"Twenty minutes. We're just following the red pipe to them," Mai said, pointing at the red pipe which had come into view and which we were now following. It had flood lights on it as well, highlighting it against the dark. "That's the second-to-last one they've got to build," she half shouted over the thrum of the hovcar's very, very nice air intake/out take motor. This was the first time I had ridden in a hovcar in…

I was in a state of bliss for the next twenty minutes.

When we came in eye-shot of the camp (which had high watt poled lights every five or so feet), I noticed that the suited workers' suits were white, not the caustic orange that I myself was garbed in. Kesler hopped out of the hovcar and walked slowly to the camp; the suits made every movement clumsy and hard. After swallowing to brace myself to a military encounter, I followed him. Mai got out of the hovcar after lowering it to the ice floor and headed after us.

"Where's Ingersol?" Kesler questioned, his eyes screwed up and squinting at the numerous white suited figures. Apparently, their suits were much more finely crafted, with more mobility in the joints, especially fingers. Makes sense, as they were doing fine manipulation work, but I could have used a glove or two, preferably two. The high tech mittens I had encased on my hands didn't make me feel particularly mobile.

"I don't know," responded Mai, also straining her eyes to investigate. "Maybe she's in-"

Meanwhile, a white garbed figure had come leaping at us, probably the most efficient way to travel on the ice. The white suits had studs on the bottom which allowed for fast moves. If I leaped anyplace, my boots would have skidded and I would be flat on my back.

"Ahh, here's Toril," Mai said as the figure stopped near a pole light.

Toril motioned at us, bringing us closer. We came, and she immediately stuck her helmeted head out and touched it to Mai's, her mouth moving, but we couldn't hear a thing. Mai stood up. "Okay- listen up, Royals, to talk to anybody but among ourselves we're going to have to touch helms."

I blanched at being referred to as one of the 'Royals.' "I assumed that's because the white suits are built to hold everything in for maximum heat protection, and it's a minor design flaw that they're so suited up that sound is muffled?" I inquired.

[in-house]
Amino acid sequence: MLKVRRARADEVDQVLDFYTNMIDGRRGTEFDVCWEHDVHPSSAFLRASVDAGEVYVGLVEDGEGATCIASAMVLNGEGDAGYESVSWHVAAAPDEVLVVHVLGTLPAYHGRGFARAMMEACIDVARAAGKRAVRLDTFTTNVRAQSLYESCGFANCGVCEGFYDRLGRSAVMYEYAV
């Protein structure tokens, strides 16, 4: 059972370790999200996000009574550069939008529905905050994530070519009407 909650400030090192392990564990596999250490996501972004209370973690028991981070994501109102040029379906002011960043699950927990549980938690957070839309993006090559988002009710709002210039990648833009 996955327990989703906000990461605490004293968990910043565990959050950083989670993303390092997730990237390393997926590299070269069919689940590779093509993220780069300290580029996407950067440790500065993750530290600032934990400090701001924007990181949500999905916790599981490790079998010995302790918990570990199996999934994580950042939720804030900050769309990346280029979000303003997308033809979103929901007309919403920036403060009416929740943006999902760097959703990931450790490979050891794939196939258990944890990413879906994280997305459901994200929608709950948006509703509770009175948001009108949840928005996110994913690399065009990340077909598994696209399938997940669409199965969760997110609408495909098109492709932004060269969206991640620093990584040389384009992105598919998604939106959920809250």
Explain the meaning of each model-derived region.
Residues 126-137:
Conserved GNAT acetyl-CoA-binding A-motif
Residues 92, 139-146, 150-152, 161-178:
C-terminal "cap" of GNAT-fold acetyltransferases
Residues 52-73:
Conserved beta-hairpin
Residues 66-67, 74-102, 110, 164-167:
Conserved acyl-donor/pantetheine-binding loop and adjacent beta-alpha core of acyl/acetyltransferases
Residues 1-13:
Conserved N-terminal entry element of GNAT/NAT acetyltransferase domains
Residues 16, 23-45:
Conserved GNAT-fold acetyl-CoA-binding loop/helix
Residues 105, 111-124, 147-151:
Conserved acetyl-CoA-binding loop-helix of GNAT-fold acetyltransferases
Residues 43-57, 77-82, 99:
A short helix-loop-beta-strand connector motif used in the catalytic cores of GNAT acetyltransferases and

"Mmmm. Like in space, astronauts without radio could touch helms and then sound would travel between the helmets, and sound would travel … I see," Kesler noted.

"Yes, exactly. The connection of the helmets provides a medium for sound waves to travel, as they're mechanical waves and need one, in space, and it's basically the same concept here. There were extensive worries about a radio system being put in, but then an ex astronaut suggested this, the helm-tapping. That's what Toril says, any way…"

"Freedom Yokoto?" I said. A nasty thought had just appeared in my head, and I was going to voice it. "Why can we talk without helm-tapping?"

"Our suits aren't as well made… they can let sound and some heat through. They're emergency rescue suits, not nearly as effective. Toril says that the teams call them 'thips-' for thermal, no 'i,' just there for phonetics, protection suits," Mai replied after a short conference with Toril. "Ready to be shown the sights of O'Melia Outpost?"

"Always," I said, walking clumsily along in my bulky orange thip as Toril and her white-suited military fellows around us leaped along on the ground like swans.

Mai: New update.

Toril: She's awful cheap. Why the non radio system? Do you know what a nuisance that is? To tell somebody something you have to run over to them, clank helms, and then talk, then run back-

Cedric: Anger not The Author.

Toril: I have no control over my fate. If I say something mean, it is not me saying it. I have no control over anything in my life, and if She decides to kill me off, She's just lost an outlet for her anger and cheapness.

Kesler: She enjoys doing mean things to us. She made me airsick. How inconvenient is that?

Mai: What we would like to interrogate *cough * QUESTION our lovely reviewers about now is character realism and relationships.

Cedric: At least She has gotten over that whole 'is Cedric manly enough' thing.

Kesler: And now She's onto the rest of us.

Toril: Actually, it was kind of funny when She was questioning your manliness.

Cedric: Well, I was going to talk to Her about giving you a real radio talk thing, but you just blew it.

Mai: And relationships… past, present, and future. How have the characters reacted to each other in the past, how their relationships seem now and- Oh god, I cannot say this.

Kesler: What?


Kesler: Did She actually make you read that?

Mai: It's on my note card.

Toril: I will kill anybody who remotely suggests I should become romantic with anybody.

Cedric: Oh god.

Mai: What?

Cedric: Now I know why She was questioning my manliness. She wants to turn this into an angsty, romantic, teenagerish fic.

Kesler: I will hurt Her before anything like that happens.

Mai: I think She might be mature enough to not do that, Cedric.

Toril: Which brings to the question on my note card: Is this a teenagerish fic? Is it stupid? Be as harsh and mean as you can. She deserves it.

Kesler: Well, this part is certainly teenagerish.

Cedric: Well, that's required.

Mai: It's the Author's Note.

Toril: Let me rephrase my question: If you were to pick this story up randomly, who would you say wrote it? Age, maturity, etc.

Mai: Thank you and good night.